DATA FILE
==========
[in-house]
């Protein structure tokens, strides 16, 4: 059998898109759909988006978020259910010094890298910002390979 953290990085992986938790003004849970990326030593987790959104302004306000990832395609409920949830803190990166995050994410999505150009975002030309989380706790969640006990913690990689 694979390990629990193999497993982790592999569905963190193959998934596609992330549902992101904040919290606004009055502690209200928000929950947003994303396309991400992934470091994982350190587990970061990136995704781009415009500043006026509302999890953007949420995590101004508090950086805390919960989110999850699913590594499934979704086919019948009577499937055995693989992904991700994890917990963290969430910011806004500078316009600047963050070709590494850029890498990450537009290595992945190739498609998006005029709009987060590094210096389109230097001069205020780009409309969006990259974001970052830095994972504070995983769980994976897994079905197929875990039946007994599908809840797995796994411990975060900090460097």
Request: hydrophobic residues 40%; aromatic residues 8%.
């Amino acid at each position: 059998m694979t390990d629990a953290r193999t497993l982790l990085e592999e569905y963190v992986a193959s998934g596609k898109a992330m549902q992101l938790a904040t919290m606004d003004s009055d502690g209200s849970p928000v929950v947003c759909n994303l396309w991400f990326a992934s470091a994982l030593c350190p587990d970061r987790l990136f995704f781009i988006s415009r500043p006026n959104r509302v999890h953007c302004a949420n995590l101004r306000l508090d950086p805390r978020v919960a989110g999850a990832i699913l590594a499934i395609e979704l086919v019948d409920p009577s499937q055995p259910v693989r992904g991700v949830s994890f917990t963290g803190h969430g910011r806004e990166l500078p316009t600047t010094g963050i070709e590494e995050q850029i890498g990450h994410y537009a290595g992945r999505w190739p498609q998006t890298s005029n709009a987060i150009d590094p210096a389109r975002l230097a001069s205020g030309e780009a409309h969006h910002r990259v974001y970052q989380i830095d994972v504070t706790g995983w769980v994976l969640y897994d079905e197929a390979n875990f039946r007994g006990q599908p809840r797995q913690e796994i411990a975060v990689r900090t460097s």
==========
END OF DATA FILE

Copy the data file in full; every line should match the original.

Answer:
[in-house]
């Protein structure tokens, strides 16, 4: 059998898109759909988006978020259910010094890298910002390979 953290990085992986938790003004849970990326030593987790959104302004306000990832395609409920949830803190990166995050994410999505150009975002030309989380706790969640006990913690990689 694979390990629990193999497993982790592999569905963190193959998934596609992330549902992101904040919290606004009055502690209200928000929950947003994303396309991400992934470091994982350190587990970061990136995704781009415009500043006026509302999890953007949420995590101004508090950086805390919960989110999850699913590594499934979704086919019948009577499937055995693989992904991700994890917990963290969430910011806004500078316009600047963050070709590494850029890498990450537009290595992945190739498609998006005029709009987060590094210096389109230097001069205020780009409309969006990259974001970052830095994972504070995983769980994976897994079905197929875990039946007994599908809840797995796994411990975060900090460097």
Request: hydrophobic residues 40%; aromatic residues 8%.
């Amino acid at each position: 059998m694979t390990d629990a953290r193999t497993l982790l990085e592999e569905y963190v992986a193959s998934g596609k898109a992330m549902q992101l938790a904040t919290m606004d003004s009055d502690g209200s849970p928000v929950v947003c759909n994303l396309w991400f990326a992934s470091a994982l030593c350190p587990d970061r987790l990136f995704f781009i988006s415009r500043p006026n959104r509302v999890h953007c302004a949420n995590l101004r306000l508090d950086p805390r978020v919960a989110g999850a990832i699913l590594a499934i395609e979704l086919v019948d409920p009577s499937q055995p259910v693989r992904g991700v949830s994890f917990t963290g803190h969430g910011r806004e990166l500078p316009t600047t010094g963050i070709e590494e995050q850029i890498g990450h994410y537009a290595g992945r999505w190739p498609q998006t890298s005029n709009a987060i150009d590094p210096a389109r975002l230097a001069s205020g030309e780009a409309h969006h910002r990259v974001y970052q989380i830095d994972v504070t706790g995983w769980v994976l969640y897994d079905e197929a390979n875990f039946r007994g006990q599908p809840r797995q913690e796994i411990a975060v990689r900090t460097s």